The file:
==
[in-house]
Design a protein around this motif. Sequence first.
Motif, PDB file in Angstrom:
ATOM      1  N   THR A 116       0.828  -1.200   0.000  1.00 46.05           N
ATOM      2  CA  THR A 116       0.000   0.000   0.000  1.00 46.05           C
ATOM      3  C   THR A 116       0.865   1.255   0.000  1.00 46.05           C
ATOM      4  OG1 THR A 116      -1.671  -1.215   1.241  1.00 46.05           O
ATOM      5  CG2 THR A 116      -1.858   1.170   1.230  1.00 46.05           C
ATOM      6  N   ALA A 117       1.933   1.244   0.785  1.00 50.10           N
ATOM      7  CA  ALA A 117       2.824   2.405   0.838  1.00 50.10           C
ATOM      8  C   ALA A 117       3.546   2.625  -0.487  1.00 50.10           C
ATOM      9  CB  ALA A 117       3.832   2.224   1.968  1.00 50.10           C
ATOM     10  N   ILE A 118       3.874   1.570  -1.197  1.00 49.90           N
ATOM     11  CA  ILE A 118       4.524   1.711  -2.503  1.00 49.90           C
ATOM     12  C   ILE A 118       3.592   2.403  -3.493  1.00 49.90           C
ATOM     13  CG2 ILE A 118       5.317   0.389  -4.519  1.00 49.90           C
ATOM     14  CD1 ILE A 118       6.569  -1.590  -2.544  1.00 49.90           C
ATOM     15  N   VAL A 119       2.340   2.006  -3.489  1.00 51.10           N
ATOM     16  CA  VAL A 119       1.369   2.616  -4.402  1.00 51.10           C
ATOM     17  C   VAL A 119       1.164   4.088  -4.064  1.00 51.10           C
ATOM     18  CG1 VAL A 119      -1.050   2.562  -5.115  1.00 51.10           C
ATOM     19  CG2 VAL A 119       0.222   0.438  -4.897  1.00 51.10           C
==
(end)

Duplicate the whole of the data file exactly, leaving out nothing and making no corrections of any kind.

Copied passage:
[in-house]
Design a protein around this motif. Sequence first.
Motif, PDB file in Angstrom:
ATOM      1  N   THR A 116       0.828  -1.200   0.000  1.00 46.05           N
ATOM      2  CA  THR A 116       0.000   0.000   0.000  1.00 46.05           C
ATOM      3  C   THR A 116       0.865   1.255   0.000  1.00 46.05           C
ATOM      4  OG1 THR A 116      -1.671  -1.215   1.241  1.00 46.05           O
ATOM      5  CG2 THR A 116      -1.858   1.170   1.230  1.00 46.05           C
ATOM      6  N   ALA A 117       1.933   1.244   0.785  1.00 50.10           N
ATOM      7  CA  ALA A 117       2.824   2.405   0.838  1.00 50.10           C
ATOM      8  C   ALA A 117       3.546   2.625  -0.487  1.00 50.10           C
ATOM      9  CB  ALA A 117       3.832   2.224   1.968  1.00 50.10           C
ATOM     10  N   ILE A 118       3.874   1.570  -1.197  1.00 49.90           N
ATOM     11  CA  ILE A 118       4.524   1.711  -2.503  1.00 49.90           C
ATOM     12  C   ILE A 118       3.592   2.403  -3.493  1.00 49.90           C
ATOM     13  CG2 ILE A 118       5.317   0.389  -4.519  1.00 49.90           C
ATOM     14  CD1 ILE A 118       6.569  -1.590  -2.544  1.00 49.90           C
ATOM     15  N   VAL A 119       2.340   2.006  -3.489  1.00 51.10           N
ATOM     16  CA  VAL A 119       1.369   2.616  -4.402  1.00 51.10           C
ATOM     17  C   VAL A 119       1.164   4.088  -4.064  1.00 51.10           C
ATOM     18  CG1 VAL A 119      -1.050   2.562  -5.115  1.00 51.10           C
ATOM     19  CG2 VAL A 119       0.222   0.438  -4.897  1.00 51.10           C